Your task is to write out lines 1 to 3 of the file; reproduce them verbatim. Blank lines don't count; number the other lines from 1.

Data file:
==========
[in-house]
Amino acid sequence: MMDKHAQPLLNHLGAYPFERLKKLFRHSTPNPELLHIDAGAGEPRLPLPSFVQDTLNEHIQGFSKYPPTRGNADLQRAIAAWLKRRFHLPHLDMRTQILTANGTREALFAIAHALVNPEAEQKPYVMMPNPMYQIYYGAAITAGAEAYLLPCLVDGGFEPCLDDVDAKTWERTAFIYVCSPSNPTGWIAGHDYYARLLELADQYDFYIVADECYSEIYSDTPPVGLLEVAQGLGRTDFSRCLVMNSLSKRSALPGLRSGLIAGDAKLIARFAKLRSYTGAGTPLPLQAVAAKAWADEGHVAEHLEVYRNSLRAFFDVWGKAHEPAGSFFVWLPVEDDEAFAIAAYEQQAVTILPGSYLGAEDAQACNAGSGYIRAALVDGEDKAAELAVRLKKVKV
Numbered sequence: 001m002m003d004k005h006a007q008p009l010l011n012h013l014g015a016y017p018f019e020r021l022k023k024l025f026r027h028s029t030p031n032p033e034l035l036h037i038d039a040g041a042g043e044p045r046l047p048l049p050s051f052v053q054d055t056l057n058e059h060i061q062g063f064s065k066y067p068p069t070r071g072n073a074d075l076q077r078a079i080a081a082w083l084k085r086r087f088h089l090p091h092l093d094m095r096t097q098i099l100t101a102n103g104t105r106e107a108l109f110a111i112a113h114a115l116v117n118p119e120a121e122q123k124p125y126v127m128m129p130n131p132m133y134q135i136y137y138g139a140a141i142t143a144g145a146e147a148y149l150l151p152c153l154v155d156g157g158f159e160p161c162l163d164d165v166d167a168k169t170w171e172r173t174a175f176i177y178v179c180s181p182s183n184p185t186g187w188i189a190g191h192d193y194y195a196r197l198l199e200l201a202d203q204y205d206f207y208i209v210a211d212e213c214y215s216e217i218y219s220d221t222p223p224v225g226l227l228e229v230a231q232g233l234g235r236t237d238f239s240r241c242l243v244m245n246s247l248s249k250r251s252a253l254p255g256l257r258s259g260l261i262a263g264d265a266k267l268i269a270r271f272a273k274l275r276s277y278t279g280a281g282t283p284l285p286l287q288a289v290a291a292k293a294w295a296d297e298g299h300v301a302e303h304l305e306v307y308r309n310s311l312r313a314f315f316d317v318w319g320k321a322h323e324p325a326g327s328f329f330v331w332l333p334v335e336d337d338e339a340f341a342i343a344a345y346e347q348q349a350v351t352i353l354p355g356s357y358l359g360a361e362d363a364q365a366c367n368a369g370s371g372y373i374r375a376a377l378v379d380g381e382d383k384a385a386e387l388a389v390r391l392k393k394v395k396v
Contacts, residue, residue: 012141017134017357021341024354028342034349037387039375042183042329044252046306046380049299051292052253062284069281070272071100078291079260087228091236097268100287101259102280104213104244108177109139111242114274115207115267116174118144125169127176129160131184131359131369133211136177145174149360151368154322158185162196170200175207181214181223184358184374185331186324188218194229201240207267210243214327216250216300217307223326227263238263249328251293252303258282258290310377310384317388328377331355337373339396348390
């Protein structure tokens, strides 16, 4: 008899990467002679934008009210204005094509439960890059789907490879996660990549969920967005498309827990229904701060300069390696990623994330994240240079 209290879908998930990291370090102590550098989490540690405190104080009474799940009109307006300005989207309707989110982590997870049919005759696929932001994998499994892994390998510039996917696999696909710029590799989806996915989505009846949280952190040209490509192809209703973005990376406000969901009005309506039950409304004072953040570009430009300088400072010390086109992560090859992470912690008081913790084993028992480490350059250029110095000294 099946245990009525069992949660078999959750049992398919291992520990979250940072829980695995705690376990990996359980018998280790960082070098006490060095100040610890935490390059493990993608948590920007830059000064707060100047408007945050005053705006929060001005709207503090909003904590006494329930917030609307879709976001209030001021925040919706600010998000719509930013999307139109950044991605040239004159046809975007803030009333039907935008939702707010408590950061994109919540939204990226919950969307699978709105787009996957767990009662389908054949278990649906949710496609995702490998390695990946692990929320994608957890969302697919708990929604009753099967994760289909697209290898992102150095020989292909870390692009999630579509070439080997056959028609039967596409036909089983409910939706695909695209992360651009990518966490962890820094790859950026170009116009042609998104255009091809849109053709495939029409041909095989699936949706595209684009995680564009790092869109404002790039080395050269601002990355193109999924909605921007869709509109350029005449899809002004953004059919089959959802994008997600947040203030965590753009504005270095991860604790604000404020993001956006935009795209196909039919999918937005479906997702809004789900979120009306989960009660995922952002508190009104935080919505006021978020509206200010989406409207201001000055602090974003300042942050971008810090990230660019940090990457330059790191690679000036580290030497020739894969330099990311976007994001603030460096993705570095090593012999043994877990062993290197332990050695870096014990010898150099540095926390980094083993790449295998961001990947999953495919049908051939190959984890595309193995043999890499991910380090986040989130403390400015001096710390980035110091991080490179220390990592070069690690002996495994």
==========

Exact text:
[in-house]
Amino acid sequence: MMDKHAQPLLNHLGAYPFERLKKLFRHSTPNPELLHIDAGAGEPRLPLPSFVQDTLNEHIQGFSKYPPTRGNADLQRAIAAWLKRRFHLPHLDMRTQILTANGTREALFAIAHALVNPEAEQKPYVMMPNPMYQIYYGAAITAGAEAYLLPCLVDGGFEPCLDDVDAKTWERTAFIYVCSPSNPTGWIAGHDYYARLLELADQYDFYIVADECYSEIYSDTPPVGLLEVAQGLGRTDFSRCLVMNSLSKRSALPGLRSGLIAGDAKLIARFAKLRSYTGAGTPLPLQAVAAKAWADEGHVAEHLEVYRNSLRAFFDVWGKAHEPAGSFFVWLPVEDDEAFAIAAYEQQAVTILPGSYLGAEDAQACNAGSGYIRAALVDGEDKAAELAVRLKKVKV
Numbered sequence: 001m002m003d004k005h006a007q008p009l010l011n012h013l014g015a016y017p018f019e020r021l022k023k024l025f026r027h028s029t030p031n032p033e034l035l036h037i038d039a040g041a042g043e044p045r046l047p048l049p050s051f052v053q054d055t056l057n058e059h060i061q062g063f064s065k066y067p068p069t070r071g072n073a074d075l076q077r078a079i080a081a082w083l084k085r086r087f088h089l090p091h092l093d094m095r096t097q098i099l100t101a102n103g104t105r106e107a108l109f110a111i112a113h114a115l116v117n118p119e120a121e122q123k124p125y126v127m128m129p130n131p132m133y134q135i136y137y138g139a140a141i142t143a144g145a146e147a148y149l150l151p152c153l154v155d156g157g158f159e160p161c162l163d164d165v166d167a168k169t170w171e172r173t174a175f176i177y178v179c180s181p182s183n184p185t186g187w188i189a190g191h192d193y194y195a196r197l198l199e200l201a202d203q204y205d206f207y208i209v210a211d212e213c214y215s216e217i218y219s220d221t222p223p224v225g226l227l228e229v230a231q232g233l234g235r236t237d238f239s240r241c242l243v244m245n246s247l248s249k250r251s252a253l254p255g256l257r258s259g260l261i262a263g264d265a266k267l268i269a270r271f272a273k274l275r276s277y278t279g280a281g282t283p284l285p286l287q288a289v290a291a292k293a294w295a296d297e298g299h300v301a302e303h304l305e306v307y308r309n310s311l312r313a314f315f316d317v318w319g320k321a322h323e324p325a326g327s328f329f330v331w332l333p334v335e336d337d338e339a340f341a342i343a344a345y346e347q348q349a350v351t352i353l354p355g356s357y358l359g360a361e362d363a364q365a366c367n368a369g370s371g372y373i374r375a376a377l378v379d380g381e382d383k384a385a386e387l388a389v390r391l392k393k394v395k396v